Nintendo Land

Nintendo Land[a] is a party video game developed and published by Nintendo as a pack-in launch title for the Wii U home video game console in 2012. The game was first announced at E3 2012 during Nintendo's press conference.

Nintendo Land
Nintendo Land box artwork.png
North American box art
Developer(s)Nintendo EAD Software Group No. 2
  • Takayuki Shimamura
  • Yoshikazu Yamashita
Producer(s)Katsuya Eguchi
Programmer(s)Souichi Nakajima
Artist(s)Tsubasa Sakaguchi
Composer(s)Ryo Nagamatsu
Platform(s)Wii U
  • NA: November 18, 2012
  • PAL: November 30, 2012
  • JP: December 8, 2012
Genre(s)Party, adventure
Mode(s)Single-player, multiplayer

Nintendo Land features twelve minigames, each based on an existing Nintendo game franchise such as Mario and The Legend of Zelda, depicted as attractions in the eponymous fictional amusement park with an Attraction Tour train designed as a tournament that utilizes all minigames. The minigames are designed to demonstrate the concept of Wii U and its Wii U GamePad controller to new players, in the same way the 2006 game Wii Sports demonstrated the Wii and its Wii Remote, utilizing many of the controller's features, including its touchscreen controls and motion-sensing capabilities. Some minigames incorporate the Wii Remote Plus and Nunchuk controllers for alternate control schemes and multiplayer support, which also helps exhibit "asymmetric gameplay", a concept in which certain players have different experiences based on the controller they use.

Nintendo Land received positive reviews from critics and sold 5.20 million copies as of March 2020, making it the fifth highest-selling Wii U game. The ability to download the game was originally removed from the Nintendo eShop in North America in November 2013,[1] but was re-added in August 2016.[2]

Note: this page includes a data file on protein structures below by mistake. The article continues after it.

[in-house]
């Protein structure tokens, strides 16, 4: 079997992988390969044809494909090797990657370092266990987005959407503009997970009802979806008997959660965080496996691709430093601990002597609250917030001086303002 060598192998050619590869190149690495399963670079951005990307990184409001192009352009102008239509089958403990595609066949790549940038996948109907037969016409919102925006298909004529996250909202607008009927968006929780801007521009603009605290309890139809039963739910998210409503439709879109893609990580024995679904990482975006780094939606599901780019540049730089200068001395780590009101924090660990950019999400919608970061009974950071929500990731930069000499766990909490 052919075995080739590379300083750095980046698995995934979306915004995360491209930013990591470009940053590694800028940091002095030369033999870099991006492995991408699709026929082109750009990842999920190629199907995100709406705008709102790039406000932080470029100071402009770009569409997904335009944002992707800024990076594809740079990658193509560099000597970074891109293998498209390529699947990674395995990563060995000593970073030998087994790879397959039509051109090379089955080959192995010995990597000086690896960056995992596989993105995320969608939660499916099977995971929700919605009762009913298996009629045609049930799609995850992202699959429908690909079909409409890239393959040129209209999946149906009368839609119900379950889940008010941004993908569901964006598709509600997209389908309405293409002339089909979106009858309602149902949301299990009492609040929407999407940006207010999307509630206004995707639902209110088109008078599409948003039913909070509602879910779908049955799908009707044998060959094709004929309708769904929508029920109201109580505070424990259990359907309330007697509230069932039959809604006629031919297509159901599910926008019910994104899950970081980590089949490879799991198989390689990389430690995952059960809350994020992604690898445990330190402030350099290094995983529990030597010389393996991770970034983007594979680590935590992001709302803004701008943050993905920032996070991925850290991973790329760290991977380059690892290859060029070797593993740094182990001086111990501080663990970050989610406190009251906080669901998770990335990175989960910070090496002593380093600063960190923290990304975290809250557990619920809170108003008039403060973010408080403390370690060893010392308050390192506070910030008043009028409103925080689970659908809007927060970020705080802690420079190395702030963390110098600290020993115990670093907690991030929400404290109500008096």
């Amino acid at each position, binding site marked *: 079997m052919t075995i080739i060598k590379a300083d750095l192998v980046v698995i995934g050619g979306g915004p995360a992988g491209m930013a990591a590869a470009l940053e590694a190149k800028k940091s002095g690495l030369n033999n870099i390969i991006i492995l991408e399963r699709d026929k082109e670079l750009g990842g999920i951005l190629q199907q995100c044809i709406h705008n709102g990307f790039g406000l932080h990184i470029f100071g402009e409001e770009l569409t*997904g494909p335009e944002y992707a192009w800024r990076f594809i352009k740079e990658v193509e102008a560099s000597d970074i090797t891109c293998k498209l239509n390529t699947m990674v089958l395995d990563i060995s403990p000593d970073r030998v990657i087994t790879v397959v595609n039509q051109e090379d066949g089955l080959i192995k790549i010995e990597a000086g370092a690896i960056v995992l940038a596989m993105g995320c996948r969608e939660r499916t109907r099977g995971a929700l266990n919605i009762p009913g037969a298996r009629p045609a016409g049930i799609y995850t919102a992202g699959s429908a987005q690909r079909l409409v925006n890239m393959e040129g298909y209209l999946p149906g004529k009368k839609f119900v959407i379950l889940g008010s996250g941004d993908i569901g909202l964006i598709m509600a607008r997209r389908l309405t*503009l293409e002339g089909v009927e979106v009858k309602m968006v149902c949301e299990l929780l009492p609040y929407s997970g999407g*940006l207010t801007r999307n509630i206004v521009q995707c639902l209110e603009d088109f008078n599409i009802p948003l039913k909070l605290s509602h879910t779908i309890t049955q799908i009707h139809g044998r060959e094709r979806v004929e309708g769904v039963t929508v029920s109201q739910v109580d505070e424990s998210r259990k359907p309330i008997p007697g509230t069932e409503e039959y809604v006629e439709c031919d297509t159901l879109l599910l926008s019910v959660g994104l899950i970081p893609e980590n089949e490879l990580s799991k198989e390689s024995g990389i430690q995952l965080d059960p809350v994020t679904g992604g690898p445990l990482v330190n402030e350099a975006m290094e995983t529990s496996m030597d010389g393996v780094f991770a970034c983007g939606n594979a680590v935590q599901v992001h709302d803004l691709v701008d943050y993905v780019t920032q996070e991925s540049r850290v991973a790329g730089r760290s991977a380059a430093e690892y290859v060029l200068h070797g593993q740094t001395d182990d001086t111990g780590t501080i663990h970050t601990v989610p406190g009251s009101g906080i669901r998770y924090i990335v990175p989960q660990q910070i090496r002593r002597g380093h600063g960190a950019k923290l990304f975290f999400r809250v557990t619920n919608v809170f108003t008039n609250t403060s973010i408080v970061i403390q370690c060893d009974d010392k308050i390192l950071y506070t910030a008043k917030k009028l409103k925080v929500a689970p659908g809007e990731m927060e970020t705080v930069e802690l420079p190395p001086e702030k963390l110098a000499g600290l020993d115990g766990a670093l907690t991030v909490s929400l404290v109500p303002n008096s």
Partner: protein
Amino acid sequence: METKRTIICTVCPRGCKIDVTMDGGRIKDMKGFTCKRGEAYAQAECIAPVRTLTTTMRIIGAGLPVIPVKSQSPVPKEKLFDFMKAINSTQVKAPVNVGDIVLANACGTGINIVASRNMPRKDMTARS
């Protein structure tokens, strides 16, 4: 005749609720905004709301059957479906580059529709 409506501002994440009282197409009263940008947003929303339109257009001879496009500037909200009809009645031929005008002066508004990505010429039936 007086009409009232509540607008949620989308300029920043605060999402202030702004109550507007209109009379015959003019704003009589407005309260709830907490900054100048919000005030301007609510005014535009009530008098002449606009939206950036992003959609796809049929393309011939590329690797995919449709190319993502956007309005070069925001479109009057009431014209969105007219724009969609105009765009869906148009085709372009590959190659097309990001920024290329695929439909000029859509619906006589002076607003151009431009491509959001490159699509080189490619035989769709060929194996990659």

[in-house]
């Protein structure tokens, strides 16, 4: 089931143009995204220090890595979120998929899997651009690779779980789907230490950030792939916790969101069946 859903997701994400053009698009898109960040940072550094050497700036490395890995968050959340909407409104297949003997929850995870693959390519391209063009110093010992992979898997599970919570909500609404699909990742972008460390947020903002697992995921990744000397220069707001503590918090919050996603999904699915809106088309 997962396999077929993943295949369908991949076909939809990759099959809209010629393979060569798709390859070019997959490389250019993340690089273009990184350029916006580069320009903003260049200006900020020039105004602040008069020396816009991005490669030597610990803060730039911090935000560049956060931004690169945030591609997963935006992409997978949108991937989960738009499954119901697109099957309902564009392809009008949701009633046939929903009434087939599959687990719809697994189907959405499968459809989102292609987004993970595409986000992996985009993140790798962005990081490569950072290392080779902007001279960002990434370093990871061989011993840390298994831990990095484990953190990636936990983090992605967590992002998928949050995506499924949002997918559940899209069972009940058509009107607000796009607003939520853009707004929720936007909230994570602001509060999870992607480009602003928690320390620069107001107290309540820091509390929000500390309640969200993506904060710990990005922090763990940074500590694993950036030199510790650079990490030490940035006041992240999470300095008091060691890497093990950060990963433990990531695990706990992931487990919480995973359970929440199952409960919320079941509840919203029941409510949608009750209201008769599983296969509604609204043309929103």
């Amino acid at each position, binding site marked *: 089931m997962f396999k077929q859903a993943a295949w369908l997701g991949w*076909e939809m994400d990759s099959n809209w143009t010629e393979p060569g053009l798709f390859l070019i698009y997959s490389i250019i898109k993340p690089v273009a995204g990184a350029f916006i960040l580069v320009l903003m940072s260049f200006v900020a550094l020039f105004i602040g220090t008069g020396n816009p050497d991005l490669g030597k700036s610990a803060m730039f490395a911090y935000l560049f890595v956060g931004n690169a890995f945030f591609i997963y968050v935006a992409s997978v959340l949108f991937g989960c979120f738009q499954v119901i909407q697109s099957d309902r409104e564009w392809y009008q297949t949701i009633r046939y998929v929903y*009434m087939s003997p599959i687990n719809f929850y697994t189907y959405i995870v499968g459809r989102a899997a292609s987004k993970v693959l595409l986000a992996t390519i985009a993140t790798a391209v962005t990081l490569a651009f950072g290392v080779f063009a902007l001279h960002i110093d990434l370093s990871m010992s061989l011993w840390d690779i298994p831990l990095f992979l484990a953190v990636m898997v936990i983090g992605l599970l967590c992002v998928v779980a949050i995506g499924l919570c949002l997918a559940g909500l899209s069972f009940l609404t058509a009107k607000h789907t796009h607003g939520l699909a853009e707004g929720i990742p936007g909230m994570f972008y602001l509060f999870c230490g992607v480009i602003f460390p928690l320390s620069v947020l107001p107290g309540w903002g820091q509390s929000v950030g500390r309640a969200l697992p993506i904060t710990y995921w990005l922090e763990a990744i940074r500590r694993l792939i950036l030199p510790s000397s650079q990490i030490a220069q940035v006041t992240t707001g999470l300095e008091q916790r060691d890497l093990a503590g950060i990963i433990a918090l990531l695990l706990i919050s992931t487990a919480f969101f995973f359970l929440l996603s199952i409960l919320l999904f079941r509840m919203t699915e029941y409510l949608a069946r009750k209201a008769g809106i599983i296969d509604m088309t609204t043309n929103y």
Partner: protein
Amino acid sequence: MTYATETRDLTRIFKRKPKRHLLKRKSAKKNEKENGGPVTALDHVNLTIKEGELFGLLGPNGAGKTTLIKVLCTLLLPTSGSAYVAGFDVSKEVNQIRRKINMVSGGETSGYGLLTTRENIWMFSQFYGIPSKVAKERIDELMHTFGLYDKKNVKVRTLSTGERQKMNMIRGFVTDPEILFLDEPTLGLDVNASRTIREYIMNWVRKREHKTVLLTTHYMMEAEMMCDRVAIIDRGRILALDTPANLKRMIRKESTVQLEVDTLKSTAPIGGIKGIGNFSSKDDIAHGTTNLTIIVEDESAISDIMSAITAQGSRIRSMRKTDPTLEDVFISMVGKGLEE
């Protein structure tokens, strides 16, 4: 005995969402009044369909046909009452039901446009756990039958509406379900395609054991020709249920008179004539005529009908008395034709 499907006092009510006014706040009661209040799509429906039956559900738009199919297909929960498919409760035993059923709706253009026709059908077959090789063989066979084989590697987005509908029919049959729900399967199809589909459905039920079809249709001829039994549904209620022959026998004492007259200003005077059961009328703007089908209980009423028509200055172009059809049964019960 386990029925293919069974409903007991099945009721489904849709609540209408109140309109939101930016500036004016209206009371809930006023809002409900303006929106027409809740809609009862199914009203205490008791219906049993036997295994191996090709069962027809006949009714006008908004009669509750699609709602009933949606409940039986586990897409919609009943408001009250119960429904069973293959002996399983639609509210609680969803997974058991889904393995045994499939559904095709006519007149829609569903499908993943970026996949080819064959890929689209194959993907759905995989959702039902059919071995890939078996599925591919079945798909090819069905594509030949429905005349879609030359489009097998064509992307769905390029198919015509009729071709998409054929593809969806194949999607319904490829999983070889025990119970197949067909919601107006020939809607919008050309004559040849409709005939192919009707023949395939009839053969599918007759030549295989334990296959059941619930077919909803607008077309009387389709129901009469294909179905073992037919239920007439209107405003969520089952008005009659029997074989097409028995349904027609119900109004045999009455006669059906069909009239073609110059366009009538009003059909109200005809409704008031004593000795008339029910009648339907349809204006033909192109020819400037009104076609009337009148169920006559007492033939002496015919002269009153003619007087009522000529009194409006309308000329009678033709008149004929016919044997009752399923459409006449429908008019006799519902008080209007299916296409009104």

The game takes place in an amusement park setting, which serves as a hub for the twelve minigames, which are depicted as the park's attractions. A robotic character named Monita guides the player through Nintendo Land's features and attractions. The first twelve minigames of Nintendo Land are based on popular Nintendo franchises: two of the attractions (Metroid Blast and Mario Chase) are based on Wii U tech demos shown at E3 2011, but are modified to feature Nintendo characters. These minigames are designed to incorporate elements which utilize the features of the Wii U GamePad, often in conjunction with other players using Wii Remotes and Nunchucks (with some games supporting up to five players in this configuration).[3] The combination of Wii Remotes and Wii U GamePads allows for asymmetric gameplay, where players have different experiences depending on which controller scheme they use.[4] Completing minigames and completing certain objectives earns coins, which can be used to play a single-player pachinko minigame. Winning pachinko stages will earn new items for decorating the Nintendo Land hub area.

Team attractionsEdit

Number of players: 1–5[5] (1-4 in The Legend of Zelda: Battle Quest)